In my practice in philosophical counseling, I help people to think about how to approach situations in their life where they have to make decisions in light of what they consider to be important. Often it is from the dilemmas we are confronted with that we learn the most about ourselves, because it is then that we realize we have the responsibility to choose between one way of being or acting and another one. Dilemmas and challenges thrust us into introspection; philosophical discussion can enable this process of introspection, which can sometimes be uncomfortable – and even feel like a twisting of oneself inside of various knots – to become more conscious and productive. In the philosophical counseling community, we like to say “Do not waste a good crisis” – or, to take a quote from Albert Einstein, “In the middle of crisis lies opportunity.” We believe that moments of difficulty and even periods of existential angst offer us the opportunity to reach deeper self-understanding and achieve personal growth.
To my practice, I bring my background in political philosophy (in which I am a candidate for PhD at the University of Chicago and have a bachelor degree with distinction from Yale University) and my training in conflict mediation to help people address challenges that come up in everyday settings, such as the family or workplace, where one needs to make decisions that affect both oneself and others. I believe that philosophical counseling serves one of the deepest needs we have as human beings, which is to actively examine our beliefs, values and choices, and evolve through this process. As Socrates, the Greek philosopher, said when put on trial in Athens, “The unexamined life is unlivable to a human being.”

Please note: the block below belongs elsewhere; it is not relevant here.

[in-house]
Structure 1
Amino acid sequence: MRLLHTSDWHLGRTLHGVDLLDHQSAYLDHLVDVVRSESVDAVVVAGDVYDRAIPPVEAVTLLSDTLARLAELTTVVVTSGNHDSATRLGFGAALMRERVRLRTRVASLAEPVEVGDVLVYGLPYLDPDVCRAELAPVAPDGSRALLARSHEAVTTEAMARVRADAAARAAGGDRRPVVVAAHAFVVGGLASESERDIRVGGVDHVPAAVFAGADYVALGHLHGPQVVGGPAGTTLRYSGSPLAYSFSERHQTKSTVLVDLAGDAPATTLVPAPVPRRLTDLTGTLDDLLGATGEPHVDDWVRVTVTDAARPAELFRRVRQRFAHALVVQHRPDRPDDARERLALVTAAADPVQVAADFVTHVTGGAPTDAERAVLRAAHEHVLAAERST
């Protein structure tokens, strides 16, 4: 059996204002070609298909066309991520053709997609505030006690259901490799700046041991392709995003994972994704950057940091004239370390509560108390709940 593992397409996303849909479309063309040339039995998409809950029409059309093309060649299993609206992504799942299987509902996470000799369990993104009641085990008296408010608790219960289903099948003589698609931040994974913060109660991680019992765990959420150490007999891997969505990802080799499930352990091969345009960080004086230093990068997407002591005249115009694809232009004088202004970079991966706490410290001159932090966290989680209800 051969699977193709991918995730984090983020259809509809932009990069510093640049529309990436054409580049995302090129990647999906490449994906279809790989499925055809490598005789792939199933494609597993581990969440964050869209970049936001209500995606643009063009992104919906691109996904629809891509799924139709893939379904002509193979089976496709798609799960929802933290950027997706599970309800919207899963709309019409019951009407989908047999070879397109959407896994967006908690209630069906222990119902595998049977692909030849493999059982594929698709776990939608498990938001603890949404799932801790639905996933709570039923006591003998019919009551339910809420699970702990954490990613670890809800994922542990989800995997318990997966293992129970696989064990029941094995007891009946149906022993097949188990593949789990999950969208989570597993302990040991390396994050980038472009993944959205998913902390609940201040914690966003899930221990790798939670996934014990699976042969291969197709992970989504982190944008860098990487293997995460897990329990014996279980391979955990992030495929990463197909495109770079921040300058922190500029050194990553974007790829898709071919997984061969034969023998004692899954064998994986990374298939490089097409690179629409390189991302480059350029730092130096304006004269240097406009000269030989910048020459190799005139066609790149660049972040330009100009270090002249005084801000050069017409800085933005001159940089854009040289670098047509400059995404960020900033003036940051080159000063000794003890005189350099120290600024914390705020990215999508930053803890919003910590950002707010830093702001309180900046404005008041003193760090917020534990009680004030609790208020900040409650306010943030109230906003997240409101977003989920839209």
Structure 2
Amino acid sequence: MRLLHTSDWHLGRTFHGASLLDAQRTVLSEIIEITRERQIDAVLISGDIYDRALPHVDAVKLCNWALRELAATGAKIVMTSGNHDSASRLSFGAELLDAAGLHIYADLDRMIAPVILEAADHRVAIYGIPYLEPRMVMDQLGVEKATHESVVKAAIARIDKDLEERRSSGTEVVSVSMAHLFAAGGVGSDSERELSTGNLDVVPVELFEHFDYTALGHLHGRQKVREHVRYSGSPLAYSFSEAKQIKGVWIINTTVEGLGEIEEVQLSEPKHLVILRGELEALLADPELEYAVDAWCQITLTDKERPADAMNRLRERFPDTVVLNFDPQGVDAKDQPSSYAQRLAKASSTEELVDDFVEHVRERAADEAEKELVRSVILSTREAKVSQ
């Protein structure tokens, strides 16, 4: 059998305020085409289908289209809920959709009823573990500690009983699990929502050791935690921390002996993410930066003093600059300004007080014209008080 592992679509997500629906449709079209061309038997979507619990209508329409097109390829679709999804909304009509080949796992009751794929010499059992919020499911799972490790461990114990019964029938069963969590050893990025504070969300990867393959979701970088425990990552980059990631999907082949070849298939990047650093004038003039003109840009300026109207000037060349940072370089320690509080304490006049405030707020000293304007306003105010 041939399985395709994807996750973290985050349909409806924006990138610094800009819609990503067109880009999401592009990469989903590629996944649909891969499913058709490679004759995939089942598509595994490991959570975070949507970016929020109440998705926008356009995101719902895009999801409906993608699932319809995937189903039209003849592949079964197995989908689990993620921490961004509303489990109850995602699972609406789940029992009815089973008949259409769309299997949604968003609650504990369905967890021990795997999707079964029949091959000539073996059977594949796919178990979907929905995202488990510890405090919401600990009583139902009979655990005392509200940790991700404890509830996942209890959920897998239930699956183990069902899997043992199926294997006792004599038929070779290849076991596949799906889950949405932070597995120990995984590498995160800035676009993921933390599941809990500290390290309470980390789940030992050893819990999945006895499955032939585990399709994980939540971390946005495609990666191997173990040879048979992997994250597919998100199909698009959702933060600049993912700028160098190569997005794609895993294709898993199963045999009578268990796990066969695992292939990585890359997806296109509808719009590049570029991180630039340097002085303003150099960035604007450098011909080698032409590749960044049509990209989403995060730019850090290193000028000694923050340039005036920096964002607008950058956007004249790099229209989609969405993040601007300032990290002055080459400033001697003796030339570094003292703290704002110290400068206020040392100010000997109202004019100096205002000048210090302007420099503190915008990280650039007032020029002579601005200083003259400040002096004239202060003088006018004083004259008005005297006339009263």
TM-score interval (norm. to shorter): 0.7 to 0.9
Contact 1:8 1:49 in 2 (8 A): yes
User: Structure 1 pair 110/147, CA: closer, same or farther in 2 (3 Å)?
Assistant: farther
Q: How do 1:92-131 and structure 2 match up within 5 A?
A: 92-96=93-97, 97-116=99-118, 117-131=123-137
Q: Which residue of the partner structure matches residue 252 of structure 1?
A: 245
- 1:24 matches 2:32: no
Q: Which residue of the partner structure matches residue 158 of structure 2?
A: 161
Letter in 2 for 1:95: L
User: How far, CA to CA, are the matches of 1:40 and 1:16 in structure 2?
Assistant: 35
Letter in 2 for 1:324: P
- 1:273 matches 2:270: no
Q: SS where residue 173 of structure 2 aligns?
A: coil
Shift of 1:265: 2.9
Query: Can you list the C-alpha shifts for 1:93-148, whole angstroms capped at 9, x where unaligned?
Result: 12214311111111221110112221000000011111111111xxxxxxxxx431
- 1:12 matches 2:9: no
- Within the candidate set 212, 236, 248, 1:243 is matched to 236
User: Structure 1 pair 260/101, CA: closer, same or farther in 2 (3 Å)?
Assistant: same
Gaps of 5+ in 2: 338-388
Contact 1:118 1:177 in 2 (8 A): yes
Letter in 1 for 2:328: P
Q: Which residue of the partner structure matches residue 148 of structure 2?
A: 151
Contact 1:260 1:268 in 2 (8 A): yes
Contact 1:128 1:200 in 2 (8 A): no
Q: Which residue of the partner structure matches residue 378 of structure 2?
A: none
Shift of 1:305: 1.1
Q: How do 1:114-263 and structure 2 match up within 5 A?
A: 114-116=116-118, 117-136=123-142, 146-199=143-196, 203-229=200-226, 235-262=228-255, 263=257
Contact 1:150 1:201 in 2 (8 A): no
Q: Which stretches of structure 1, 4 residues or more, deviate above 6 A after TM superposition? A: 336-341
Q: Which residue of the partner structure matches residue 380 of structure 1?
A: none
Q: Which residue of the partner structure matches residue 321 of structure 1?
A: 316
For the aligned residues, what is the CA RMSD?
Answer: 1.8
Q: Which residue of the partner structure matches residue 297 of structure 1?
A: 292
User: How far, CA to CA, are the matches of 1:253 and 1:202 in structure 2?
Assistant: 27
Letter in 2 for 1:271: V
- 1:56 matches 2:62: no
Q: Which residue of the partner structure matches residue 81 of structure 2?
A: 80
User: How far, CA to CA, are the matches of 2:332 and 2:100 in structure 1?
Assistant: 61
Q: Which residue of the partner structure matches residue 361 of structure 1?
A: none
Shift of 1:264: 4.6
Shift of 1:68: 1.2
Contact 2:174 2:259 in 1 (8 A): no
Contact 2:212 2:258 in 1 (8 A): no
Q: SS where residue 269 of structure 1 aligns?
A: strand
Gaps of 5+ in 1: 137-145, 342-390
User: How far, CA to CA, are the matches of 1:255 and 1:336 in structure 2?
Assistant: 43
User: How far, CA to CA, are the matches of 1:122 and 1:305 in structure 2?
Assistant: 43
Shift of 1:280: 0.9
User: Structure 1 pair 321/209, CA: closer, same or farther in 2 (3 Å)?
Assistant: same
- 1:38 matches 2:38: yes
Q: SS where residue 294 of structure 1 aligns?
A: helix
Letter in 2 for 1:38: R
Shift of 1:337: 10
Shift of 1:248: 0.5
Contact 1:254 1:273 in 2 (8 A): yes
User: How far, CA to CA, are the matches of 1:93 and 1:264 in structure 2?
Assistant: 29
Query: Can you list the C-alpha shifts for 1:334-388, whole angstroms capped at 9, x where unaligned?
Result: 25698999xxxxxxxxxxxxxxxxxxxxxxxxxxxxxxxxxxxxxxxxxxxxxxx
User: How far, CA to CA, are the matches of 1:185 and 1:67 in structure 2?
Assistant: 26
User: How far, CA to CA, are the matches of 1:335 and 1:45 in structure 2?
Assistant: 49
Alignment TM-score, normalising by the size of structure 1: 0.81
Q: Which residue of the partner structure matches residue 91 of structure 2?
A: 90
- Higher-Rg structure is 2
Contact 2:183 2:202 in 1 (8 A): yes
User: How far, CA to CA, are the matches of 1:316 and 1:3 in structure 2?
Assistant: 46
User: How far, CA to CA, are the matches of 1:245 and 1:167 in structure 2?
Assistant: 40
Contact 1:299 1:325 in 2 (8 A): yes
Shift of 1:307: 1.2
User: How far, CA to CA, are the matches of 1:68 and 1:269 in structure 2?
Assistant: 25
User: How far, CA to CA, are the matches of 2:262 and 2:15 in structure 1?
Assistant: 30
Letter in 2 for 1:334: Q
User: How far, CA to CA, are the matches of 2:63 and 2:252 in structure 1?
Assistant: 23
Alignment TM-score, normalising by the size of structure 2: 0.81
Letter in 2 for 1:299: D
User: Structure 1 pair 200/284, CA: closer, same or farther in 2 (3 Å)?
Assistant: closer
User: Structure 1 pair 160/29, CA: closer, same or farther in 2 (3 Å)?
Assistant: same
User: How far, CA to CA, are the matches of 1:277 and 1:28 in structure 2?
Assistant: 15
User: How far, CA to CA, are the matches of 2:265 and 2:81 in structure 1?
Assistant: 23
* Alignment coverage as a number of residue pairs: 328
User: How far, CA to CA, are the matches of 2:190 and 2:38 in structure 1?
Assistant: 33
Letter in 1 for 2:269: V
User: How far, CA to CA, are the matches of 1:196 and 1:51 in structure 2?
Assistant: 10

I started my philosophical counseling practice, Eudaimon Counseling LLC, in New York City in 2019. During the corona-times and until my next update, I am counseling online from Athens, Greece.